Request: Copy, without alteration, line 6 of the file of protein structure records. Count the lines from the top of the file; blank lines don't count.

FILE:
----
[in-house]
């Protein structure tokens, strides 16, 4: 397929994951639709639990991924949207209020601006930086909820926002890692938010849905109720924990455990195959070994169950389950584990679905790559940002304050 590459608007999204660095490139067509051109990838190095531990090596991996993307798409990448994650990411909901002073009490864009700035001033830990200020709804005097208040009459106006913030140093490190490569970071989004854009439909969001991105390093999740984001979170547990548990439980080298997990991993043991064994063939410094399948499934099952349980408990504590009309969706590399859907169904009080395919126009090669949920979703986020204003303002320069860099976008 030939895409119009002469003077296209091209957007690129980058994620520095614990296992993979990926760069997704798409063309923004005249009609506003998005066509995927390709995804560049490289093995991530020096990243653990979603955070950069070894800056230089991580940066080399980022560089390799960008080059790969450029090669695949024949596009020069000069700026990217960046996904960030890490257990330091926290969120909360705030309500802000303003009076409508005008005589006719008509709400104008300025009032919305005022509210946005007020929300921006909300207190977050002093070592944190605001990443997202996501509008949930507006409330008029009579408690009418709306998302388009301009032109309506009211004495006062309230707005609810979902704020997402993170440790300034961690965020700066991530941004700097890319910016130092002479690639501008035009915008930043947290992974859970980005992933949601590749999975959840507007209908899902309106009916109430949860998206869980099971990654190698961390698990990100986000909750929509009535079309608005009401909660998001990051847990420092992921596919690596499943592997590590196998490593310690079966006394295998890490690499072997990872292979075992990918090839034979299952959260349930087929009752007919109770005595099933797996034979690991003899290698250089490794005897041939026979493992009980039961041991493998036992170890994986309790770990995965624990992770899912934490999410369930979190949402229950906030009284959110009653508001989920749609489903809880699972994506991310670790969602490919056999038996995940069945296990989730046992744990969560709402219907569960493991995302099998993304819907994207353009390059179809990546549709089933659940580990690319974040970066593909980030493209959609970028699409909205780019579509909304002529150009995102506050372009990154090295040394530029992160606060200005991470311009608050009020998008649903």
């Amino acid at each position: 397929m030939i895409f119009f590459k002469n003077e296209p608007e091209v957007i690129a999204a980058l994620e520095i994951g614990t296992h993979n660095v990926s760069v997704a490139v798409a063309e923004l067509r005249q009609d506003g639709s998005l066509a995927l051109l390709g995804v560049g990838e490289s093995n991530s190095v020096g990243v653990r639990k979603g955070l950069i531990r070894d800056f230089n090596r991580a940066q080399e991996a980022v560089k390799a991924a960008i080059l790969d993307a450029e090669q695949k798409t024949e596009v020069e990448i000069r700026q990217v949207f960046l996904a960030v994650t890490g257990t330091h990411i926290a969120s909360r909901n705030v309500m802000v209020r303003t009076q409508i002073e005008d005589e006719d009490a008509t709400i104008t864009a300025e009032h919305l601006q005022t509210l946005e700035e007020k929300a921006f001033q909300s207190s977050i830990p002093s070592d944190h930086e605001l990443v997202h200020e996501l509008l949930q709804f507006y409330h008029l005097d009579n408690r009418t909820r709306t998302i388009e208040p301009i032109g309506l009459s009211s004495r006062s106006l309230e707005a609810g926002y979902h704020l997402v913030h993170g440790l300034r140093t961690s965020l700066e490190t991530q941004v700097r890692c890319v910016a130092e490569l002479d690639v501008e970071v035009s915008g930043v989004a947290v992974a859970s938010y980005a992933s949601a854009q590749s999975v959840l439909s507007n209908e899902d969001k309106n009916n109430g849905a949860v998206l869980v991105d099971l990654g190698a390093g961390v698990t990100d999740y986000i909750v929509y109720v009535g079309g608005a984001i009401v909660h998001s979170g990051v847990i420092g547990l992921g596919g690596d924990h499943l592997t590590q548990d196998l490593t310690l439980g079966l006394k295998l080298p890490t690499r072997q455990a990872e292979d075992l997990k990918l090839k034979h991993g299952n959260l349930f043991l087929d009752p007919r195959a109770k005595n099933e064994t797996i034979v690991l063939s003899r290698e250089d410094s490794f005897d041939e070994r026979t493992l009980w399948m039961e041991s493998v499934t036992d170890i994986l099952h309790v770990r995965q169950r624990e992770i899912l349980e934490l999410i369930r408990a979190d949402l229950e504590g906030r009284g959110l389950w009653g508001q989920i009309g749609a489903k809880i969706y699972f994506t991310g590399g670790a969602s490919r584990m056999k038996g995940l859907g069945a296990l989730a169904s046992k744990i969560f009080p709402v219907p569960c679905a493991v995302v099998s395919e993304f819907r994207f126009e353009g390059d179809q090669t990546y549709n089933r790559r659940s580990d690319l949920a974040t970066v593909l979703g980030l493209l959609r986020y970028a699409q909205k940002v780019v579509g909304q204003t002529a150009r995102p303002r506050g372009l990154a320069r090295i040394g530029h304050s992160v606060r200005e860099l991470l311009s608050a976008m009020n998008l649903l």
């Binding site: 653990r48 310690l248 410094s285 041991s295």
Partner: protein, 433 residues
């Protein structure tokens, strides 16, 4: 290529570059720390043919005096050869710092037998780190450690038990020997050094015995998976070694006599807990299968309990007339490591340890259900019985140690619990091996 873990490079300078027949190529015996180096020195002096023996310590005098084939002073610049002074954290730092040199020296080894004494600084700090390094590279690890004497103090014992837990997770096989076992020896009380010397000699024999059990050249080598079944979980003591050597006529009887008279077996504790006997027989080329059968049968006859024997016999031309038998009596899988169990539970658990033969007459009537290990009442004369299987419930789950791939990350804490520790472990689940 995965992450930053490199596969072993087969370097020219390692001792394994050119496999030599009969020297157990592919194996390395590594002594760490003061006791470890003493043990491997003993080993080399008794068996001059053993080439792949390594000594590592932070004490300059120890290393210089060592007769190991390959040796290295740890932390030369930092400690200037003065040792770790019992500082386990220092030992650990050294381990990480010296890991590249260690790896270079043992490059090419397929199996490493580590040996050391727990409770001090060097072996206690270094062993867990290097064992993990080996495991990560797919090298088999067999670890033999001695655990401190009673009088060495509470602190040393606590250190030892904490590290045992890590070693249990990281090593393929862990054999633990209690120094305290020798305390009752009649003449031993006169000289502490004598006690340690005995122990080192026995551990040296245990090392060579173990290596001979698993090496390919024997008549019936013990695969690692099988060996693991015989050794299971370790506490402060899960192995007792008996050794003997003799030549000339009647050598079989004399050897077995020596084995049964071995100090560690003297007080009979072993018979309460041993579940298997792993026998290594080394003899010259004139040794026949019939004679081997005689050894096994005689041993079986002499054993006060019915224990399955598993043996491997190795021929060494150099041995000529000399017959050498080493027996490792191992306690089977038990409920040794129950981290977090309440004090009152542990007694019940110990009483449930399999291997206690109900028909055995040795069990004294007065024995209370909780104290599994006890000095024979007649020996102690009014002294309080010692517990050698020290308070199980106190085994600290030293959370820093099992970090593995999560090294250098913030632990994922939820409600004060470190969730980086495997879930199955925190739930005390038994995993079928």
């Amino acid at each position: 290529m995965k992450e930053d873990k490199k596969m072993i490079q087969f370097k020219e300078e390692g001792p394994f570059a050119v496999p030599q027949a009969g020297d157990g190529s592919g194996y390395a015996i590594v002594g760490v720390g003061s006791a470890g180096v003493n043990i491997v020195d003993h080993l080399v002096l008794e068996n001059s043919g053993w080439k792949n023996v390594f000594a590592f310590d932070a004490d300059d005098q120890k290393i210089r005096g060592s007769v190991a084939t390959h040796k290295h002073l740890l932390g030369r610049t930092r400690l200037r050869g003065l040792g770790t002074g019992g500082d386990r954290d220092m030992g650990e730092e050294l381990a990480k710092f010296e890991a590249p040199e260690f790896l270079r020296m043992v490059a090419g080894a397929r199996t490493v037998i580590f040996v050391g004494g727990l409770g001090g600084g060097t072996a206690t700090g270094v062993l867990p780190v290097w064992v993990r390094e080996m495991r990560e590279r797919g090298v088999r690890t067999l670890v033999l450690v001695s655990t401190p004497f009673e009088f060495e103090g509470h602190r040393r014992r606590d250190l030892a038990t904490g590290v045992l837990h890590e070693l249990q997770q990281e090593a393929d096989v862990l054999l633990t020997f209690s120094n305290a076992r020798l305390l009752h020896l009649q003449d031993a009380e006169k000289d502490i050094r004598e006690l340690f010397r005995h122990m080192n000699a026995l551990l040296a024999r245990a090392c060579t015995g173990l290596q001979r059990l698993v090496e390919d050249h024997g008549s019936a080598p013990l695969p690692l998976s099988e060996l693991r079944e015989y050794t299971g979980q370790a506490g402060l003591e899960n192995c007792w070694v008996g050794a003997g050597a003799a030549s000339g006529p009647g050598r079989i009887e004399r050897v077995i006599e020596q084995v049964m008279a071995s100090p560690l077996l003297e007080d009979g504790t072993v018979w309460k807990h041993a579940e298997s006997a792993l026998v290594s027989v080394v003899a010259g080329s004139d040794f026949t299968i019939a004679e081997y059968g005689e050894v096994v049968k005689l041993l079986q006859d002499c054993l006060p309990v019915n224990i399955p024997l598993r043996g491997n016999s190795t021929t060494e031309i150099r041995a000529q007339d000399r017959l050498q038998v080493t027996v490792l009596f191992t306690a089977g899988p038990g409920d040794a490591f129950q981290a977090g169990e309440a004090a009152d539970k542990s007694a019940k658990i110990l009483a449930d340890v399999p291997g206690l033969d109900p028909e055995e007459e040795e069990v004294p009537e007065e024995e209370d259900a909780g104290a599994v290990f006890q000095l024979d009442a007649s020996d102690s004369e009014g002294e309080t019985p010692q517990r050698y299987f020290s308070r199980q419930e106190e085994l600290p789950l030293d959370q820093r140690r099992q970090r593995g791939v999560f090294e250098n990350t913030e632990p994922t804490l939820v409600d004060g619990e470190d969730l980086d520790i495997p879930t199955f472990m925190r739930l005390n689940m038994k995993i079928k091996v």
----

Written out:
């Protein structure tokens, strides 16, 4: 290529570059720390043919005096050869710092037998780190450690038990020997050094015995998976070694006599807990299968309990007339490591340890259900019985140690619990091996 873990490079300078027949190529015996180096020195002096023996310590005098084939002073610049002074954290730092040199020296080894004494600084700090390094590279690890004497103090014992837990997770096989076992020896009380010397000699024999059990050249080598079944979980003591050597006529009887008279077996504790006997027989080329059968049968006859024997016999031309038998009596899988169990539970658990033969007459009537290990009442004369299987419930789950791939990350804490520790472990689940 995965992450930053490199596969072993087969370097020219390692001792394994050119496999030599009969020297157990592919194996390395590594002594760490003061006791470890003493043990491997003993080993080399008794068996001059053993080439792949390594000594590592932070004490300059120890290393210089060592007769190991390959040796290295740890932390030369930092400690200037003065040792770790019992500082386990220092030992650990050294381990990480010296890991590249260690790896270079043992490059090419397929199996490493580590040996050391727990409770001090060097072996206690270094062993867990290097064992993990080996495991990560797919090298088999067999670890033999001695655990401190009673009088060495509470602190040393606590250190030892904490590290045992890590070693249990990281090593393929862990054999633990209690120094305290020798305390009752009649003449031993006169000289502490004598006690340690005995122990080192026995551990040296245990090392060579173990290596001979698993090496390919024997008549019936013990695969690692099988060996693991015989050794299971370790506490402060899960192995007792008996050794003997003799030549000339009647050598079989004399050897077995020596084995049964071995100090560690003297007080009979072993018979309460041993579940298997792993026998290594080394003899010259004139040794026949019939004679081997005689050894096994005689041993079986002499054993006060019915224990399955598993043996491997190795021929060494150099041995000529000399017959050498080493027996490792191992306690089977038990409920040794129950981290977090309440004090009152542990007694019940110990009483449930399999291997206690109900028909055995040795069990004294007065024995209370909780104290599994006890000095024979007649020996102690009014002294309080010692517990050698020290308070199980106190085994600290030293959370820093099992970090593995999560090294250098913030632990994922939820409600004060470190969730980086495997879930199955925190739930005390038994995993079928």